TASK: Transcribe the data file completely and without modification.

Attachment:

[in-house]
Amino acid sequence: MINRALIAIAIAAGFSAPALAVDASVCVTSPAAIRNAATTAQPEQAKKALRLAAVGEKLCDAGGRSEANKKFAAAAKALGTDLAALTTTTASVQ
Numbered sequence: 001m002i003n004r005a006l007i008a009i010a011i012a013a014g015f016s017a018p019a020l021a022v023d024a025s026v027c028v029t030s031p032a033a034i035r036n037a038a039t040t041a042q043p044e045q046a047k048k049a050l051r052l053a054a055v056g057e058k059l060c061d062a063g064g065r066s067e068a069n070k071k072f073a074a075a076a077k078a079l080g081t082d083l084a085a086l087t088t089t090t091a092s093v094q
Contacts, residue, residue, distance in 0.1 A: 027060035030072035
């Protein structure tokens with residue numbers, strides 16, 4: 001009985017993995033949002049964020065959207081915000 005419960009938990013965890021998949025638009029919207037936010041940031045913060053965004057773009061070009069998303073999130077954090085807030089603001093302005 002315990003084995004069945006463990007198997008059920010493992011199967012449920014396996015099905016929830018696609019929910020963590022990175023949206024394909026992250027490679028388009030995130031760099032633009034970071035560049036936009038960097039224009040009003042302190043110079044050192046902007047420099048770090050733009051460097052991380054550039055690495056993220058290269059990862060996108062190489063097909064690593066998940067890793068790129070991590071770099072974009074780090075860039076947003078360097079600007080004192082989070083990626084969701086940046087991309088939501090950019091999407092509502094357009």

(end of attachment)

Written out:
[in-house]
Amino acid sequence: MINRALIAIAIAAGFSAPALAVDASVCVTSPAAIRNAATTAQPEQAKKALRLAAVGEKLCDAGGRSEANKKFAAAAKALGTDLAALTTTTASVQ
Numbered sequence: 001m002i003n004r005a006l007i008a009i010a011i012a013a014g015f016s017a018p019a020l021a022v023d024a025s026v027c028v029t030s031p032a033a034i035r036n037a038a039t040t041a042q043p044e045q046a047k048k049a050l051r052l053a054a055v056g057e058k059l060c061d062a063g064g065r066s067e068a069n070k071k072f073a074a075a076a077k078a079l080g081t082d083l084a085a086l087t088t089t090t091a092s093v094q
Contacts, residue, residue, distance in 0.1 A: 027060035030072035
């Protein structure tokens with residue numbers, strides 16, 4: 001009985017993995033949002049964020065959207081915000 005419960009938990013965890021998949025638009029919207037936010041940031045913060053965004057773009061070009069998303073999130077954090085807030089603001093302005 002315990003084995004069945006463990007198997008059920010493992011199967012449920014396996015099905016929830018696609019929910020963590022990175023949206024394909026992250027490679028388009030995130031760099032633009034970071035560049036936009038960097039224009040009003042302190043110079044050192046902007047420099048770090050733009051460097052991380054550039055690495056993220058290269059990862060996108062190489063097909064690593066998940067890793068790129070991590071770099072974009074780090075860039076947003078360097079600007080004192082989070083990626084969701086940046087991309088939501090950019091999407092509502094357009």